The girls break with laughter and Meghan nervously joins, uncertain of her role in the interview. Serious? Professional? Honest? Or just trying to get her story out?

She lands on the latter.

"I was the youngest of 10 kids. Two of my brothers are dead. I was the skinniest and quietest one. You wouldn't believe that now, though," she says.

Meghan grew up in the Madison/Anson area. She describes her late step father as disgusting and says her mother was blind to what was going on-though she doesn't go into detail.

"I don't hate my mama," she says.

The family lived within the depths of poverty, barely getting by the majority of the time. Meghan describes herself as a "straight F" student. School was a struggle, both academically and behaviorally. She becomes emotional as she recalls kicking a pregnant teacher in the stomach, wishing she could go back and apologize.

Despite an upbringing full of chaos, familial death and a "seen not heard" home life, Meghan is turning over a new leaf with her daughters.

"It's about them now. Their lives. I could have gone backwards, but I didn't because of them," she says.

Meghan attributes much of their financial struggle to a serious illness earlier in her life followed by a messy, expensive divorce. Despite two kids in tow, she lost the house they were living in along with all of her money. After staying with a friend for several months, the Johnsons moved into the tiny low-income housing unit. Now Meghan plays the balancing act of making enough money to survive without making so much that they would get kicked out of their home.

"This is not a good place to raise children. There's no place for them to play, nowhere to garden. When you're needing something for your kids, if they want an activity or something, they should have it. Swings, bike riding, stuff like that. I want a big house so we can have room for art classes," Meghan says.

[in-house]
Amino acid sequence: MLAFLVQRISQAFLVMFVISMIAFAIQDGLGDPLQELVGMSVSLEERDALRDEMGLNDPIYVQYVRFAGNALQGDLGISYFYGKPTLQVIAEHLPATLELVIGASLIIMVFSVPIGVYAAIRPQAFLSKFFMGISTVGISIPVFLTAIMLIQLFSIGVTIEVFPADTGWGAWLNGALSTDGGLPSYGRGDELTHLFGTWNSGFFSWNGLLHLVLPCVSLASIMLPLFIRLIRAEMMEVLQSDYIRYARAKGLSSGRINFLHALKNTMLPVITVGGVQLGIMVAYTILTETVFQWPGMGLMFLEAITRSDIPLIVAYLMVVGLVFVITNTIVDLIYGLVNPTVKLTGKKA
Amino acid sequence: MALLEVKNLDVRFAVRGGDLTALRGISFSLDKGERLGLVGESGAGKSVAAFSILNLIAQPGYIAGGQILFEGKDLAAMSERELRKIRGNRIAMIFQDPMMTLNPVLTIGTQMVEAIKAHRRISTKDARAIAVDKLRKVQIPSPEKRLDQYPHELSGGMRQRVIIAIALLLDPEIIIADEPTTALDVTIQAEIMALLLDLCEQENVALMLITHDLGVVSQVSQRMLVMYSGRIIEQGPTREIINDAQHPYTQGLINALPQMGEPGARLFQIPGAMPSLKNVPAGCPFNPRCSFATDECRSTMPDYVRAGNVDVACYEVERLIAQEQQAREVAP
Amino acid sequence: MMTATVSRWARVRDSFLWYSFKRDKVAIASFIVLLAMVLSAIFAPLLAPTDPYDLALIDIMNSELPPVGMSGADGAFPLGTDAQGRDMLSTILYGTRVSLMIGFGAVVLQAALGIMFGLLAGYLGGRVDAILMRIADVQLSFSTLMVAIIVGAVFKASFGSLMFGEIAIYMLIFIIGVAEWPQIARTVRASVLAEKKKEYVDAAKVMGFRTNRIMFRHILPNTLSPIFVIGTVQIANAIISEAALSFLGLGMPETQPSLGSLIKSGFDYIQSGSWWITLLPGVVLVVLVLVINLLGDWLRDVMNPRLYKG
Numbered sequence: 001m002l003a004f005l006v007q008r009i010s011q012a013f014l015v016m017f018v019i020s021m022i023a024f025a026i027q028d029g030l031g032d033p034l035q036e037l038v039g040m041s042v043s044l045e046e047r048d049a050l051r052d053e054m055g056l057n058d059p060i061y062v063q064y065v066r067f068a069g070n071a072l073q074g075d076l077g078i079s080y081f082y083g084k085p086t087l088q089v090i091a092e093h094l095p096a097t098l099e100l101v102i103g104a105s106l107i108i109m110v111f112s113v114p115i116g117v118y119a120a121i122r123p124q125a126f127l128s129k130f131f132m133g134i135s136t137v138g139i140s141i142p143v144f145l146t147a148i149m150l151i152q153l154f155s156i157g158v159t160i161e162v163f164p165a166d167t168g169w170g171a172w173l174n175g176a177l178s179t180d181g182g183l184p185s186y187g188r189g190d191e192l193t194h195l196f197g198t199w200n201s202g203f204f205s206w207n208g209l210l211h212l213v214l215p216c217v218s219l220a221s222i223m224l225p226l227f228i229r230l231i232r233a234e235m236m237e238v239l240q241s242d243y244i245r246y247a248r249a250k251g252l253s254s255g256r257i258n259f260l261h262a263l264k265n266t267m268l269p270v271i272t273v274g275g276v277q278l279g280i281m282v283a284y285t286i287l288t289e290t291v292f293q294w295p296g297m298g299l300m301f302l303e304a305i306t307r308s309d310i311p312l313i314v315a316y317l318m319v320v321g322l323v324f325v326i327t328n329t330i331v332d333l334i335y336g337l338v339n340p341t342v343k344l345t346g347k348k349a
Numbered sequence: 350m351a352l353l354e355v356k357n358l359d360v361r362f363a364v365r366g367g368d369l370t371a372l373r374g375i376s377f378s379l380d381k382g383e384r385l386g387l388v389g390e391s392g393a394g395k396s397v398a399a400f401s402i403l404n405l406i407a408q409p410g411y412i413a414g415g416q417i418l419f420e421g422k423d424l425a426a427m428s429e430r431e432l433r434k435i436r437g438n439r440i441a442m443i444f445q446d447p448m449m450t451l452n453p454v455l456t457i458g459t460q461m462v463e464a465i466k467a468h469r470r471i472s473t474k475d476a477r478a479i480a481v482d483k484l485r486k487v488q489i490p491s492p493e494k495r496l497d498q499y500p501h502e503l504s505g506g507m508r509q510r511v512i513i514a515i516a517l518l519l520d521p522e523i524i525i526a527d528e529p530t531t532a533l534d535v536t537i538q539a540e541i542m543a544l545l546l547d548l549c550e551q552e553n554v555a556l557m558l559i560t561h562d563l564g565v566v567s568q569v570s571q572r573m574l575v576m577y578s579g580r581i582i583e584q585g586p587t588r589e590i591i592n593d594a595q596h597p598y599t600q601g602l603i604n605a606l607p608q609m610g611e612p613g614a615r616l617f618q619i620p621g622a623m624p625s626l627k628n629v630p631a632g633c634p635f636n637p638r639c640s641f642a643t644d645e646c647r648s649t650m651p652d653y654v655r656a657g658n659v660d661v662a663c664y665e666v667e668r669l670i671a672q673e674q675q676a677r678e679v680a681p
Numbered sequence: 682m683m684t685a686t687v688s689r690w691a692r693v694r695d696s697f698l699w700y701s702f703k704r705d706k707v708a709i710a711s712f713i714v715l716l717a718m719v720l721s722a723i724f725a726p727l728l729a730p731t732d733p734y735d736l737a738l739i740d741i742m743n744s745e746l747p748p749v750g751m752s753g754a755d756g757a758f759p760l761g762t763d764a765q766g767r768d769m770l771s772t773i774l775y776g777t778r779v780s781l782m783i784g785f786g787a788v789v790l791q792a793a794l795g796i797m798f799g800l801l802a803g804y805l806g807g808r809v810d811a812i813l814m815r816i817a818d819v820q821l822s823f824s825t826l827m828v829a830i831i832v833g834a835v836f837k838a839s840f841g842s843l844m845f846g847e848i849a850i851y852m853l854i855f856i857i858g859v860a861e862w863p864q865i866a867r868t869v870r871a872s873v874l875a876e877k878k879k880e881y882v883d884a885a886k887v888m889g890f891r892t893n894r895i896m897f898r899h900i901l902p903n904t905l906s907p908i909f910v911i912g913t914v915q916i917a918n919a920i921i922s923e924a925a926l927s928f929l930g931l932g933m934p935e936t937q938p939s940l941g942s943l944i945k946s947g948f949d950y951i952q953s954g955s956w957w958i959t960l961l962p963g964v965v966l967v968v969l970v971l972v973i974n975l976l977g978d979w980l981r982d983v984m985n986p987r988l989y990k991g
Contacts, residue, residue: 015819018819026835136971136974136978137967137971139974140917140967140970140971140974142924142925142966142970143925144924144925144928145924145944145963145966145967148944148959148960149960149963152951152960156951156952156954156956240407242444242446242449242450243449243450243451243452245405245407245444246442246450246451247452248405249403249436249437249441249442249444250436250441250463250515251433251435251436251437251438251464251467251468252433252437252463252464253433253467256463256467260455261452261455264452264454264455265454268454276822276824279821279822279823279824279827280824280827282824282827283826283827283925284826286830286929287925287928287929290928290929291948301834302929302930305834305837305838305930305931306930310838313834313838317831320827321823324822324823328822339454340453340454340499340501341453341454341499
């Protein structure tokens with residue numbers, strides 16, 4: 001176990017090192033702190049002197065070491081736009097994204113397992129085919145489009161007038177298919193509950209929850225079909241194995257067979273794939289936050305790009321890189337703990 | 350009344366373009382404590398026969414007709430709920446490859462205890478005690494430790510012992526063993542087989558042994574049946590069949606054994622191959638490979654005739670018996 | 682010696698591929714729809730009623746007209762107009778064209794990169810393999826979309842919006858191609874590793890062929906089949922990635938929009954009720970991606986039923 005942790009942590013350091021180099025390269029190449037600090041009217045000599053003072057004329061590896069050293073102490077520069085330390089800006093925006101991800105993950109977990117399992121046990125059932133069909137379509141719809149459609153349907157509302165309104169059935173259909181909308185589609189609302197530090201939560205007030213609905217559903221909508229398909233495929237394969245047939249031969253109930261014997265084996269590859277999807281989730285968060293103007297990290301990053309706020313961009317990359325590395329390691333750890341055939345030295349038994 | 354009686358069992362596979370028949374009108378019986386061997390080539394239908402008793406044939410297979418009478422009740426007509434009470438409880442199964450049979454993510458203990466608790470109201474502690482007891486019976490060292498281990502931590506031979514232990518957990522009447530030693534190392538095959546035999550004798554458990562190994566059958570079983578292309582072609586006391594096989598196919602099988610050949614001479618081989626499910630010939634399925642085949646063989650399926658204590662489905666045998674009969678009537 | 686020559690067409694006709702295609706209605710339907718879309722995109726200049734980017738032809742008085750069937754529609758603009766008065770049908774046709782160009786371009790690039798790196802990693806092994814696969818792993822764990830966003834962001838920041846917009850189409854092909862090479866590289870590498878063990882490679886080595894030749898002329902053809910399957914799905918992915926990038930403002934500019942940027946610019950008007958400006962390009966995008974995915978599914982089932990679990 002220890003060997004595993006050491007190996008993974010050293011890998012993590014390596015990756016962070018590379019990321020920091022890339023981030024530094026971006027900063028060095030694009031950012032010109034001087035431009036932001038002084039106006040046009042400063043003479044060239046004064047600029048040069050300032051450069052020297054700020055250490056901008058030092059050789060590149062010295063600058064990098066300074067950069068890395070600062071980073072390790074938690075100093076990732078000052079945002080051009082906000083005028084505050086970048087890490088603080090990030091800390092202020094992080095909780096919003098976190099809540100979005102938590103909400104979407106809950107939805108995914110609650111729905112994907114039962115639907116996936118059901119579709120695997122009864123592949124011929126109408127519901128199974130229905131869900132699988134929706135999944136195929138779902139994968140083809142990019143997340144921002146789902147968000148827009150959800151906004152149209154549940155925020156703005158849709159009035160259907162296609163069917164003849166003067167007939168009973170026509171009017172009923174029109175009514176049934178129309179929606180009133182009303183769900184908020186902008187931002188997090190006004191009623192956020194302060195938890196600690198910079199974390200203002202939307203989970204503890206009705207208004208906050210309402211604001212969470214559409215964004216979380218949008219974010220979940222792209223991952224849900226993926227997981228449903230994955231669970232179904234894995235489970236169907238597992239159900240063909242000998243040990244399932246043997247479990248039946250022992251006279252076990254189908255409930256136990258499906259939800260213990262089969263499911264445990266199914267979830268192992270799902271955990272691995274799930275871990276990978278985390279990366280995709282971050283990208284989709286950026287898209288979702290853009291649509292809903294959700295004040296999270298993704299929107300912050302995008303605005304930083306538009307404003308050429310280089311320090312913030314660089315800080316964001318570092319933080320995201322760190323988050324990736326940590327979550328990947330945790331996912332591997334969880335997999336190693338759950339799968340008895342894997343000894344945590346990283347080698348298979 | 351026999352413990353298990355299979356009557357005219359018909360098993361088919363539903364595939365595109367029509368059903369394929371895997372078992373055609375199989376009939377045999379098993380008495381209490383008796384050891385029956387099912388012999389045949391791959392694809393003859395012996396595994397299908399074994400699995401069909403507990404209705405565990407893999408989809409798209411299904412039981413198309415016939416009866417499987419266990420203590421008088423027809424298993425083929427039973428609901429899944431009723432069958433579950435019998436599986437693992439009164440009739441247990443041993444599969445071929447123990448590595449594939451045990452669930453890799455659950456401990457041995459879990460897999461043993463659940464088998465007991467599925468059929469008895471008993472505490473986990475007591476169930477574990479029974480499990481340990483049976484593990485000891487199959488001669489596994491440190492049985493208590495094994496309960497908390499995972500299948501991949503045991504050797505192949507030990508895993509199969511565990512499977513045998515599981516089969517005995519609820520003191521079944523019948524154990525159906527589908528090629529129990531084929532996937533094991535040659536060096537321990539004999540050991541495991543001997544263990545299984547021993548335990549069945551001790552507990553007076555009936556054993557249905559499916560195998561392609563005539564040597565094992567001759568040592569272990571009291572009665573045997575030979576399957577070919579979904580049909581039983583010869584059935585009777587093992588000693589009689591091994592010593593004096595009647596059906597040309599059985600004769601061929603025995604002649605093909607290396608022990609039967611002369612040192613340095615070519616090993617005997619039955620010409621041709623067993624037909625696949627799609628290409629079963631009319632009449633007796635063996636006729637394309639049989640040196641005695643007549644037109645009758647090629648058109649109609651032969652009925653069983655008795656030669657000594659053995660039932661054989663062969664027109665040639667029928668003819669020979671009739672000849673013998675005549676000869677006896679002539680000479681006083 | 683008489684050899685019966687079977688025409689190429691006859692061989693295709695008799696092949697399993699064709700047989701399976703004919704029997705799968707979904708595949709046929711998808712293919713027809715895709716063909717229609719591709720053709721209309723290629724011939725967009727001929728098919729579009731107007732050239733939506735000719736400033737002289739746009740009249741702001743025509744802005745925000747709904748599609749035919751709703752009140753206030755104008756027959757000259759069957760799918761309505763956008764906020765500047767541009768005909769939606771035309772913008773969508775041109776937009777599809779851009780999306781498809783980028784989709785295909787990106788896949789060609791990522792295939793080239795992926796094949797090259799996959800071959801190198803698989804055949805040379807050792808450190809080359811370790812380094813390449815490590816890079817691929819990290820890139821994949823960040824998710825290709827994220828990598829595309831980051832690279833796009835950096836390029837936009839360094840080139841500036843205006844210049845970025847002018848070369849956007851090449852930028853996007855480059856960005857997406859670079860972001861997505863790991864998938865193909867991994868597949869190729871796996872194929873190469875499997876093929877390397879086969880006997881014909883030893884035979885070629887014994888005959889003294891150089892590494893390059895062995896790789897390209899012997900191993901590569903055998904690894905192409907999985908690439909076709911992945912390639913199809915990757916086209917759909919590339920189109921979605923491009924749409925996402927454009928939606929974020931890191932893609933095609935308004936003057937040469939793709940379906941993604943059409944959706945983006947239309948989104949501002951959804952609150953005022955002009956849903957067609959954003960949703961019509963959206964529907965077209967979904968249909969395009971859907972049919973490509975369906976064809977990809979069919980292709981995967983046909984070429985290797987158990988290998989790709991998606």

The depressing state of the housing unit pushes Meghan and the girls to spend the majority of their summers at Brettun's Pond in Livermore. On the shores of the lake she conducts summer school, teaching the girls math and reading and giving them art lessons.

"I love taking pictures. I make jewelry. I paint. I keep praying to win that fancy blue ribbon at that fair. That is one of my goals," she says.

The girls show me their paintings of light houses and sunny fields, shining fair ribbons dangling from the corners. Then they show me a pet crayfish caught at the lake that they keep in an aquarium in the kitchen.

"I can do a cartwheel. And you can put that in the paper," Meghan adds. "All these extra things are not a necessity, but I believe they are. We got a grant for the girls to go to camp this summer. Which will be hell for me because I'll miss them," she says.

For the Johnson girls, the grants for summer camp, the school program scholarships and support from people like Mrs. Stone, are crucial to their chance of escaping generational poverty. Without a helping hand to access opportunities such as summer camp, the girls miss out on much of what it means to be kids.

"Kids living in poverty have too much responsibility. They can't just be kids. Middle class kids get to be kids. But poverty kids are right there, seeing the bullets of poverty every day. It's like living in a war zone," author and poverty expert Dr. Donna Beegle explained at a recent conference held in Farmington.